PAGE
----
How Red-light Cameras Work

Multiple cameras are mounted high above the intersection to get a full view of any traffic violators. See more car safety pictures.

­Acc­ording to the Insurance Institute for Highway Safety, 22 percent of all traffic accidents in the United States are caused by drivers running red lights. Every year, these accidents kill some 800 people and rack up an estimated $7 billio­n dollars in property damage, medical bills, lost productivity and insurance hikes. And this sort of traffic violation seems to be on the rise. In many areas, red-light violations have increased by 10 percent or more since the 1980s.

To curb this trend, more and more cities are installing red-light cameras. These fully automated devices collect all of the evidence authorities need to prosecute light-runners. If a camera catches you speeding through the intersection, you can expect a ticket (along with a photograph of the violation) to arrive in your mailbox a month or two later. In this article, we'll look at the basic elements in these systems to find out how they catch drivers red-handed.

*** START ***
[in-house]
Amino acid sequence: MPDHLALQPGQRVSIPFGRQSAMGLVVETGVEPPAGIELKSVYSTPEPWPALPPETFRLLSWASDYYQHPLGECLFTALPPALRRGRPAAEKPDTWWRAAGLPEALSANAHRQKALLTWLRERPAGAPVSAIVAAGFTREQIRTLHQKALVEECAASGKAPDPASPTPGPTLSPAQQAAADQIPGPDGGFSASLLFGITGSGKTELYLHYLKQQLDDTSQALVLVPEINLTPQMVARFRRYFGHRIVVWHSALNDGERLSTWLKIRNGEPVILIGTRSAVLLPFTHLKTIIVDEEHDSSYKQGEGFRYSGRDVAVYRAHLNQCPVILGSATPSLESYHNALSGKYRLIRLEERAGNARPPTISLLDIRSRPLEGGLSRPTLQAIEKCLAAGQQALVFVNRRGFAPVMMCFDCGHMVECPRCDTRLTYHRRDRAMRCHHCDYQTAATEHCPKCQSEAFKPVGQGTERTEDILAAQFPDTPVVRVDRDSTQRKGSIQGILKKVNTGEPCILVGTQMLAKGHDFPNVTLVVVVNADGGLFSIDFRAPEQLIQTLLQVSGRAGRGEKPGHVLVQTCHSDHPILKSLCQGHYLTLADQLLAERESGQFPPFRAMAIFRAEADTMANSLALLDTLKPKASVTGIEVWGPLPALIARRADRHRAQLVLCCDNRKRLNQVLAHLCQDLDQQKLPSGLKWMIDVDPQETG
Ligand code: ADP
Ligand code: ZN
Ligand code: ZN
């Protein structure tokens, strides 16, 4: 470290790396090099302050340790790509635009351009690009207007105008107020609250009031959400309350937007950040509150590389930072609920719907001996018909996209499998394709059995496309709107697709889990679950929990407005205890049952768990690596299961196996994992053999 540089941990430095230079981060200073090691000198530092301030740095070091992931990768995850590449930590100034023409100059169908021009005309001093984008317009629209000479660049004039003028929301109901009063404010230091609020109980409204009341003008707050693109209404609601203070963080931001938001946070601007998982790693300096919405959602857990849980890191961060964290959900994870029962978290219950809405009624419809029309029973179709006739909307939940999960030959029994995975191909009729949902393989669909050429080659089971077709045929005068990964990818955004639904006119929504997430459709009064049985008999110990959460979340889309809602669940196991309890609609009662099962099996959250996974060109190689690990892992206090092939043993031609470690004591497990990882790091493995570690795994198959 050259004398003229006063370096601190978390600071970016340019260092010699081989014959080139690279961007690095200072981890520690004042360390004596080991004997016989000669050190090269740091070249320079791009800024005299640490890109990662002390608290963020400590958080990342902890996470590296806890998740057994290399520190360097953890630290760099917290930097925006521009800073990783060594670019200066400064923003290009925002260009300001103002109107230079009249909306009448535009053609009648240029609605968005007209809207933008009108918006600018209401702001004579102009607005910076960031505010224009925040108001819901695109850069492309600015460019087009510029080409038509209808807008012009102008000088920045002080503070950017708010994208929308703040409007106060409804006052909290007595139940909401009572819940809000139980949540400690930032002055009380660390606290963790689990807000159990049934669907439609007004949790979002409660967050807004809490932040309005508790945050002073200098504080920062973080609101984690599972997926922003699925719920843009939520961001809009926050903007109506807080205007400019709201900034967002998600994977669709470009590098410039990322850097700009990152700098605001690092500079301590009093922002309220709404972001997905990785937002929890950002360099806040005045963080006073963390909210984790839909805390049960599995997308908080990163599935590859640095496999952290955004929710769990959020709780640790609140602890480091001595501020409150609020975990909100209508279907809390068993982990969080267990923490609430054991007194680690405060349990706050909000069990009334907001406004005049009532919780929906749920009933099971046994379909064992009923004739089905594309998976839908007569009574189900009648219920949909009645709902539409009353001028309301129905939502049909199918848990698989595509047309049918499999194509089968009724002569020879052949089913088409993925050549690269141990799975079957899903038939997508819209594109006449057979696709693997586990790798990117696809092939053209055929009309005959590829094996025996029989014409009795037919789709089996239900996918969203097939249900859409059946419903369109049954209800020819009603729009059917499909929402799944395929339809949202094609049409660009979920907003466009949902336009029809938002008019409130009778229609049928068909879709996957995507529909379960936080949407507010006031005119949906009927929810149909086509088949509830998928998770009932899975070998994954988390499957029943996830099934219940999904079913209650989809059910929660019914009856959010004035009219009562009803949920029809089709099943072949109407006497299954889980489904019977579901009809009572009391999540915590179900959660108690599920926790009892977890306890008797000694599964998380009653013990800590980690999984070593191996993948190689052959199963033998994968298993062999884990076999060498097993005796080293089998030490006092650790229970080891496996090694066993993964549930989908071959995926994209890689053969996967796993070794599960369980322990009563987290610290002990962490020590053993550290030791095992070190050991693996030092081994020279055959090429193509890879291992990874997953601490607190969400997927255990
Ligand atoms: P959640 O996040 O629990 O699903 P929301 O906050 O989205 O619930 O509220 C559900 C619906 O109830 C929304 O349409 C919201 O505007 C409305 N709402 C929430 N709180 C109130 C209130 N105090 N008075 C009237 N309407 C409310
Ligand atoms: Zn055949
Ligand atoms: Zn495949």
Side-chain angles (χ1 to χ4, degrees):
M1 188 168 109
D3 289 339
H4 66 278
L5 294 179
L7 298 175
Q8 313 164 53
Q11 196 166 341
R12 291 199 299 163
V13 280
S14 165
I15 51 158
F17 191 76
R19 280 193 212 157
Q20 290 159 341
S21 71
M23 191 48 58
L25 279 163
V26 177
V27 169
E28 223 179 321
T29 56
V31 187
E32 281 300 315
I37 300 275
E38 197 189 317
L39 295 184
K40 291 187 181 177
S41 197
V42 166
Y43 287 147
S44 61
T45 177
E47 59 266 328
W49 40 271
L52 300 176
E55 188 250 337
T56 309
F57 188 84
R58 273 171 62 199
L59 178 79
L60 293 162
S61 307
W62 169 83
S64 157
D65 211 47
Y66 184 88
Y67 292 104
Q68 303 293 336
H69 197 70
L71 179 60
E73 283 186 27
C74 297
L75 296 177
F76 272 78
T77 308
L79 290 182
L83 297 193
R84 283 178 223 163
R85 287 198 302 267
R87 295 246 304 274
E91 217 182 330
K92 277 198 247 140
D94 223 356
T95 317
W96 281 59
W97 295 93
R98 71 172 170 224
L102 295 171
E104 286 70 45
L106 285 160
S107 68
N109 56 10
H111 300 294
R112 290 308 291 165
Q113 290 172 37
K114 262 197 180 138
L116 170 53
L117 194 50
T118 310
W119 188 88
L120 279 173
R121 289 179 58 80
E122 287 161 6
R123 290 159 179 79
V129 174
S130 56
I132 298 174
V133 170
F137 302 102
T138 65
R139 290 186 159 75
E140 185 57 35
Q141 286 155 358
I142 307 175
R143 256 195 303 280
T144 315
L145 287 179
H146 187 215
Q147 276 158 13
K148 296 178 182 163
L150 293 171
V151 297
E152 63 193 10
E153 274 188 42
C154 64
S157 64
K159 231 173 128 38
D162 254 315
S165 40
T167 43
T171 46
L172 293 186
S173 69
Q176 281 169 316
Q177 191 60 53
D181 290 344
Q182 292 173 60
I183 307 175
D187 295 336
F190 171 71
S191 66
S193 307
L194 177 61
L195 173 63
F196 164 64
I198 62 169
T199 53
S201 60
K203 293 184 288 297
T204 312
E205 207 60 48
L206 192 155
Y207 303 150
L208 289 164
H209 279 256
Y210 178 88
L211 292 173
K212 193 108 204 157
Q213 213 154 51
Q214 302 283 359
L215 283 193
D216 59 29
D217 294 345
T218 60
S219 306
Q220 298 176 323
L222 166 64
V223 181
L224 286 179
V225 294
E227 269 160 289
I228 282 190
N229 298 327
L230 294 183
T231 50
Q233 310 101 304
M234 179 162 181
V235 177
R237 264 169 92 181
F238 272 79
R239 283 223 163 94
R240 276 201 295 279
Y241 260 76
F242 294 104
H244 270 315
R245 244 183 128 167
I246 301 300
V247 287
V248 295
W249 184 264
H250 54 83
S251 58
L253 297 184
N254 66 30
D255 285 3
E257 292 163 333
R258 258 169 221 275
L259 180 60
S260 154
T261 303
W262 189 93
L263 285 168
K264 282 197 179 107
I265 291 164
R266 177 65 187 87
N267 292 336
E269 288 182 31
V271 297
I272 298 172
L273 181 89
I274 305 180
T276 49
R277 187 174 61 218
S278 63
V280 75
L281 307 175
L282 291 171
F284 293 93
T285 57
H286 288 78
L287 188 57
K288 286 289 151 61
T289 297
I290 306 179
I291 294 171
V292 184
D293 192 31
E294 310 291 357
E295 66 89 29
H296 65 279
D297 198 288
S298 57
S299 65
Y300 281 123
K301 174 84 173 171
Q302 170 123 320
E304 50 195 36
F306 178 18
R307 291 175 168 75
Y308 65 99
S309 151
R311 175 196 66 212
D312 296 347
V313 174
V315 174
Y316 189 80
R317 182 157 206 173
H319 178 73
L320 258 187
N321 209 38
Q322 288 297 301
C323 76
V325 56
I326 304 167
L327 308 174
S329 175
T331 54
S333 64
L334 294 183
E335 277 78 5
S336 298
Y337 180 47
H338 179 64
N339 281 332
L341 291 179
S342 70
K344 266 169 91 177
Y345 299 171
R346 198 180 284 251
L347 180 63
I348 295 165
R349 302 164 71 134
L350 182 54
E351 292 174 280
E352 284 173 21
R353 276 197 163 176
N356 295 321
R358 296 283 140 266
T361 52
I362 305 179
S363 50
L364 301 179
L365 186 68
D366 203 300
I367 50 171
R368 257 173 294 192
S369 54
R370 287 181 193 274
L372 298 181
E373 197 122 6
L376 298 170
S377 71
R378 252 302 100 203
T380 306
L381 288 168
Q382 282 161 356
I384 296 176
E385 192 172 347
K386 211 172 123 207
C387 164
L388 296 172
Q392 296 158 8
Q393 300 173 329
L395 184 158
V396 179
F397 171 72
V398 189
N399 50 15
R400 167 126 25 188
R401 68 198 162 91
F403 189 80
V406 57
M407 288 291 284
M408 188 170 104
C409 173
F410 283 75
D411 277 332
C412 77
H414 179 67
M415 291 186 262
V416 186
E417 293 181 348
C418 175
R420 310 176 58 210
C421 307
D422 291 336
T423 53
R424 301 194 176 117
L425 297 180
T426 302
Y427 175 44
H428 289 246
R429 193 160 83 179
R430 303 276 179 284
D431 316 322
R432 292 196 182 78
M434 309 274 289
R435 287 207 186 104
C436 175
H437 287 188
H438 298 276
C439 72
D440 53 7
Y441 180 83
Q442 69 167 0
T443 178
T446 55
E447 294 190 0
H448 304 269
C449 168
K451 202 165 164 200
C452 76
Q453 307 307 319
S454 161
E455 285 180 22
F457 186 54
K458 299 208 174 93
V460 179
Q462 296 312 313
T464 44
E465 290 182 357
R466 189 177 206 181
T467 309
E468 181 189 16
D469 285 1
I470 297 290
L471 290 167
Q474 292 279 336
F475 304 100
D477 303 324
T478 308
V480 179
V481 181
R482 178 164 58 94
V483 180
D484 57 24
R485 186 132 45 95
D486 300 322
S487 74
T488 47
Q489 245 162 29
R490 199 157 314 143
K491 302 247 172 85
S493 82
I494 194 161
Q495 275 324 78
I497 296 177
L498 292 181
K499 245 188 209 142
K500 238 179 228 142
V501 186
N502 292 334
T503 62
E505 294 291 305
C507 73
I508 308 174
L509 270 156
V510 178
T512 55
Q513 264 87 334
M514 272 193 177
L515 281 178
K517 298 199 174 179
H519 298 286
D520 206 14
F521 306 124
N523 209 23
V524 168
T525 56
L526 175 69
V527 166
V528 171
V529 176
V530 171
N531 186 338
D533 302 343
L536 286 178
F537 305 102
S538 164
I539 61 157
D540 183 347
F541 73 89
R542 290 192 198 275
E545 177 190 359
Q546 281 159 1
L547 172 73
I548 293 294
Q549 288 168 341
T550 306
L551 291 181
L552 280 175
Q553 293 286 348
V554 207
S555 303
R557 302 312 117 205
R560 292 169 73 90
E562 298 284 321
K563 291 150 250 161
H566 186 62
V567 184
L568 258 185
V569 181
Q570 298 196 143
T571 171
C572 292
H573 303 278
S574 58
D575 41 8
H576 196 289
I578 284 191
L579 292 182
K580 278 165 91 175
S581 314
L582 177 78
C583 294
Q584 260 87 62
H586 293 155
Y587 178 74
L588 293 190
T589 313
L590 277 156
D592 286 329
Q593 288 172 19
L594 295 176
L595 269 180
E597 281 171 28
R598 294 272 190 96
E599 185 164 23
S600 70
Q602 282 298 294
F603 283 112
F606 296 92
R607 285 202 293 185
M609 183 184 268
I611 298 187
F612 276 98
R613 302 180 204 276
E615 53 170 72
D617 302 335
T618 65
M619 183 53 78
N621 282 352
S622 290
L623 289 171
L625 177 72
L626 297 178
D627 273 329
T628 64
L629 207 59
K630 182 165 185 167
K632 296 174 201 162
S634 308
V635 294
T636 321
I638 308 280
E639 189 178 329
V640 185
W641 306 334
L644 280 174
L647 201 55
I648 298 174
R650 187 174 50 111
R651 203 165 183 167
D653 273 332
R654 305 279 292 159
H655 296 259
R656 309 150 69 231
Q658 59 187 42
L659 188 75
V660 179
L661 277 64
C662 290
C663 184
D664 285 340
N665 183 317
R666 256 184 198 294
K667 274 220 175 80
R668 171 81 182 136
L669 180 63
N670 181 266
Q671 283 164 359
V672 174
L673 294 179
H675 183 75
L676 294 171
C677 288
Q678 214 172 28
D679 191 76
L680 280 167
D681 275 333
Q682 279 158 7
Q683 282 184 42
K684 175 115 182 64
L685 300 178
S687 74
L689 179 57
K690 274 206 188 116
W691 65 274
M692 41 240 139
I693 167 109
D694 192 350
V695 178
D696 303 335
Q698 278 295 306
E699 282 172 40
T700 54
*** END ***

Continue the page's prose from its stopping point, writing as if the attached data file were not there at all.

Red-light systems rely on some sophisticated technology, but conceptually they are very simple. The system includes only three essential elements:

  • One or more cameras
  • One or more triggers
  • A computer

In a typical system, cameras are positioned at the corners of an intersection, on poles a few yards high. The cameras point inward, so they can photograph cars driving through the intersection. Generally, a red-light system has cameras at all four corners of an intersection, to photograph cars going in different directions and get pictures from different angles. Some systems use film cameras, but most newer systems use digital cameras.